The History of Capital Punishment

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The clock ticks to 10:53. The late night has grown longer, and Troy Davis is strapped down to a gurney. If he is scared, he does not show it; he appears strong and resolute in what is undoubtedly a very daunting situation. “For those about to take my life,” he says, “may God have mercy on your souls” (“Georgia”). Davis has been on death row for over twenty years for killing a police officer. After every request and appeal has failed, the time has come for Davis to be executed by the state of Georgia. What is special about this case is that thousands around the globe refuse to believe that he is guilty (Curry). People have organized to demand that he be freed, or at least that his sentence be changed. Their effort is futile. Fifteen minutes…show more content…
Society is required to take action to maintain order against crime, they claim. If society did not practice justice, then people would be free to do whatever they wished. It would be anarchy and a disaster. The more debatable argument is that victims’ families suffer without capital punishment. They are forced not only to live with the thought of their deceased loved one, but also to constantly confront the thought that the person who caused their pain is still alive. Olga Polites, a New Jersey teacher, was strictly opposed to the death penalty until her husband’s cousin was murdered. Her anger caused her to change her views entirely (23-25). She, like others who support capital punishment, believes that revenge is the panacea for her pain.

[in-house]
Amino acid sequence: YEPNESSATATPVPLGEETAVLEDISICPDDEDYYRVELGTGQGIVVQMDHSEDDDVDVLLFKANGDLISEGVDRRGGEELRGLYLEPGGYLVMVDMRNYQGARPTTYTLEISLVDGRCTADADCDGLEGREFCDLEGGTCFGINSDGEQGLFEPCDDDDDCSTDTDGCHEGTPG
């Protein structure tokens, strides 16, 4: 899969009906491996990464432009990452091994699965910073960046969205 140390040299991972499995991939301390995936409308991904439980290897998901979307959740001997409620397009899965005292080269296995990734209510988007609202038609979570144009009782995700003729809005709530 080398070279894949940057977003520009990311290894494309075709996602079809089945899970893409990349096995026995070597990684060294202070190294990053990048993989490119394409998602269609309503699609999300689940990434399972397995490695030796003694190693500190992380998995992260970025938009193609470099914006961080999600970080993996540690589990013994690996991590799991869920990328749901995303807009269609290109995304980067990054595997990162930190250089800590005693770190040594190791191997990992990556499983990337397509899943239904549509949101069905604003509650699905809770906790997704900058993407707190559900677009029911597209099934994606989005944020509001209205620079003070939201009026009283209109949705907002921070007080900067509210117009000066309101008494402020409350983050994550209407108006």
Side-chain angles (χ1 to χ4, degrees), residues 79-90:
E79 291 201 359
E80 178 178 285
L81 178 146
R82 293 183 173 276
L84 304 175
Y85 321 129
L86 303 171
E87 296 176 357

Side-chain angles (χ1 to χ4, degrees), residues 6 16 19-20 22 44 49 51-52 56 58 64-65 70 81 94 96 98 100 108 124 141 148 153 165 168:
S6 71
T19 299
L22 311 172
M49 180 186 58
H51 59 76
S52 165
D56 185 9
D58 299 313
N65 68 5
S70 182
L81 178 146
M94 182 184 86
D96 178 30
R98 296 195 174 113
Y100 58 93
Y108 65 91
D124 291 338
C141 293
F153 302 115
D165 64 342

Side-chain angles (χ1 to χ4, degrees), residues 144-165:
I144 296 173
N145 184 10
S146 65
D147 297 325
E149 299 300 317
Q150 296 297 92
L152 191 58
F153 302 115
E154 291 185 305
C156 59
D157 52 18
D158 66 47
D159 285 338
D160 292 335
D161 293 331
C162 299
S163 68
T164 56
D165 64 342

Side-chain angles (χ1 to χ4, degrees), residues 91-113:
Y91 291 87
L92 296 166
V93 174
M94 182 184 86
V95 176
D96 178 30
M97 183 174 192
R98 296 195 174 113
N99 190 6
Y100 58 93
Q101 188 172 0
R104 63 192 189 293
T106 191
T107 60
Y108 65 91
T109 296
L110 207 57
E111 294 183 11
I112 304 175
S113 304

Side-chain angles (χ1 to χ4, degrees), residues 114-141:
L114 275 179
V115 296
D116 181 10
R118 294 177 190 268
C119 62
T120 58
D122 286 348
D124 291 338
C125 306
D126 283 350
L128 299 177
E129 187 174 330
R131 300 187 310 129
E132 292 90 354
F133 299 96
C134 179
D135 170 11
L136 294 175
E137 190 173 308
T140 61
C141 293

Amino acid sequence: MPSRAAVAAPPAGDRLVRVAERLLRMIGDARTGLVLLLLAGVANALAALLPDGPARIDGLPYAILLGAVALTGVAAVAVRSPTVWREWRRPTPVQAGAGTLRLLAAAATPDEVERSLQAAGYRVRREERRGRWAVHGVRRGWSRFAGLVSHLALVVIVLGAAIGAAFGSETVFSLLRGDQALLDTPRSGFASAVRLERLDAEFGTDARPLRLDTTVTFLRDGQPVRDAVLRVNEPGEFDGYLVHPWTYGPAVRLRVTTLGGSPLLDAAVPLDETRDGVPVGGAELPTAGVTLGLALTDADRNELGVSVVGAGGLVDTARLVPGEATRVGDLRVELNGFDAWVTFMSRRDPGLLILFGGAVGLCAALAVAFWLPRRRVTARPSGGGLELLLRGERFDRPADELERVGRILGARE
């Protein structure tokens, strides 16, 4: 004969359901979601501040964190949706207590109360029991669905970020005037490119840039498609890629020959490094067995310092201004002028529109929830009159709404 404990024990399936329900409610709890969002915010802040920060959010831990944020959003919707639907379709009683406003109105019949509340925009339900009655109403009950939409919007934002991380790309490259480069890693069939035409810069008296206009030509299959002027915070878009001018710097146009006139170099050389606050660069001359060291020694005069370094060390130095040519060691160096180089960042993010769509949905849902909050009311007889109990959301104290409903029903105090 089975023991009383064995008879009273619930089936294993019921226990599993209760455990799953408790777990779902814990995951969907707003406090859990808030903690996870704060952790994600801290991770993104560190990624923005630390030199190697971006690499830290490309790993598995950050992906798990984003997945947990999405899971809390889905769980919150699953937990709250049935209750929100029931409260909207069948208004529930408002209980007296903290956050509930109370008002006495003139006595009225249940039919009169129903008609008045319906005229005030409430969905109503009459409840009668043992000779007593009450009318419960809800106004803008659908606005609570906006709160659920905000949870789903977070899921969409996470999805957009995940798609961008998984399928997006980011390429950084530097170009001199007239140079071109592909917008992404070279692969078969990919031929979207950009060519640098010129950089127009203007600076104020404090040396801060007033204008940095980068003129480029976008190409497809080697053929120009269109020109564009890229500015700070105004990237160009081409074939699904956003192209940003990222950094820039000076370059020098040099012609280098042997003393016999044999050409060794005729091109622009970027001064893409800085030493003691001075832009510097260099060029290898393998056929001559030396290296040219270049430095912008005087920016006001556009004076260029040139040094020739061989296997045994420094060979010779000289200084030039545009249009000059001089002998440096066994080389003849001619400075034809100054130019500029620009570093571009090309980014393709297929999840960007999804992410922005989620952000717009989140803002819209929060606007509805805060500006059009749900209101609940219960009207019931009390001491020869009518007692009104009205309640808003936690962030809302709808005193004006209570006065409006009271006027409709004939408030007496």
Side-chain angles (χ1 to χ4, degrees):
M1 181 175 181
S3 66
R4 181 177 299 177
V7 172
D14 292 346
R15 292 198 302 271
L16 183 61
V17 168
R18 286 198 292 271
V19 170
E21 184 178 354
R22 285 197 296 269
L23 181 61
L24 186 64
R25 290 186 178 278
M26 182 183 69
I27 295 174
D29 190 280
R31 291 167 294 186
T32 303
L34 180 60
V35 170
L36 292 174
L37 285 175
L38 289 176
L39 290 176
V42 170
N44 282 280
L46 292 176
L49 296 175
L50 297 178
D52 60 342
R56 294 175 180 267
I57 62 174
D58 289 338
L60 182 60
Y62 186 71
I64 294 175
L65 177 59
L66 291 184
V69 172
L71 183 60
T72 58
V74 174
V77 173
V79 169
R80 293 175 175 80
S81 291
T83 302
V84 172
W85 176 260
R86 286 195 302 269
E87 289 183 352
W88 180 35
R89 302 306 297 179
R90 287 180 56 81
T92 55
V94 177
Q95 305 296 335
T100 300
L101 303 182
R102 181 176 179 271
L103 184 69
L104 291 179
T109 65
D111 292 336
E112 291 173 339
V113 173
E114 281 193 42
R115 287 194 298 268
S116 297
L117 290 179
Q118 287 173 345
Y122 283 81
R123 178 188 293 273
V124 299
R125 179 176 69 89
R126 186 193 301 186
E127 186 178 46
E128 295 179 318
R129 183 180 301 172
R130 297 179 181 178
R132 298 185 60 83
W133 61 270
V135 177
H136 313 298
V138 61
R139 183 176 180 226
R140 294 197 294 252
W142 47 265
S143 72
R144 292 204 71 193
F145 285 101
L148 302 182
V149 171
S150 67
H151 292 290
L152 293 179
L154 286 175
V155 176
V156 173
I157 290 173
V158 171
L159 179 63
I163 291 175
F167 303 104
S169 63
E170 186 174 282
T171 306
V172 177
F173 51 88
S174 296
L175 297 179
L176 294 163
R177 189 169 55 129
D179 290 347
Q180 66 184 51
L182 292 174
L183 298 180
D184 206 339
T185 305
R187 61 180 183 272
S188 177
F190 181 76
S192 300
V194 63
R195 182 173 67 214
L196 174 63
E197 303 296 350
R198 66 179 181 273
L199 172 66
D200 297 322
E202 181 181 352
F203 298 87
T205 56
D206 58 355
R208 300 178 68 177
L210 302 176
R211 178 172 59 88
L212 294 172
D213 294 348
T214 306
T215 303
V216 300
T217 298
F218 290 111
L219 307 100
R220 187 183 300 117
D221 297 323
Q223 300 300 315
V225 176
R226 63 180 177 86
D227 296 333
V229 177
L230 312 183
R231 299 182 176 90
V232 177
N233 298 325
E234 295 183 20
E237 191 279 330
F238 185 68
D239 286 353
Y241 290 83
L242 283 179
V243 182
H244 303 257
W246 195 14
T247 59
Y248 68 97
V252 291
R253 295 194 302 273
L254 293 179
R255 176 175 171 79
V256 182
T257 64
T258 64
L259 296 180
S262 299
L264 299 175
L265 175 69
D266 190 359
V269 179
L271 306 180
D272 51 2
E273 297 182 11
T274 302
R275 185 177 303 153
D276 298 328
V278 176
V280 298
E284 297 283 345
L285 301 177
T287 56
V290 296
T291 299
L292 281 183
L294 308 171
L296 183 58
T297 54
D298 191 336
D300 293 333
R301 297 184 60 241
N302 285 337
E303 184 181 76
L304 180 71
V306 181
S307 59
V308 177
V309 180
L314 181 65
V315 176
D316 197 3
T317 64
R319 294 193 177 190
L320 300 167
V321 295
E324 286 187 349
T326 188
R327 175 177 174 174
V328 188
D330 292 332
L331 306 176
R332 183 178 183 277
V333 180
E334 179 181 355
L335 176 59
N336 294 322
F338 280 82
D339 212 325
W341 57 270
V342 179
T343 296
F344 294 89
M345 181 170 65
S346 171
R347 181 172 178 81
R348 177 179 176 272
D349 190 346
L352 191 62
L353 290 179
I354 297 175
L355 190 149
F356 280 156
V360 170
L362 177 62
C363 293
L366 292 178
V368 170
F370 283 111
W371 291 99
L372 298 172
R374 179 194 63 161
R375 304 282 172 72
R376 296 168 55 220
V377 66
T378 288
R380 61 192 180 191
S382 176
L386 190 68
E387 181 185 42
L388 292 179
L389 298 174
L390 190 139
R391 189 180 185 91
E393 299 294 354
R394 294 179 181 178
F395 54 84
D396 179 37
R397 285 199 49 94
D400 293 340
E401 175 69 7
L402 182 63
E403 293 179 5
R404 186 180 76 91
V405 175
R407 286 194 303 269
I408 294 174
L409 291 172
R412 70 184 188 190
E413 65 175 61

While some may argue that execution is the only effective remedy to serious crime, others believe that less cruel punishments like life imprisonment are just as effective forms of justice—if not more effective . Life imprisonment allows a criminal to improve himself by permitting him the chief human right: the right to life. While victims’ families do deserve justice, their loss does not sanction them to decide another person’s fate. Families should appreciate the possibility that a criminal may repent rather than wish vengeance on him. They have no more right to bring harm to a person than the rest of society; revenge is not a valid answer to crime (Cohen 161-170). Even worse than executing those who are actually guilty of a
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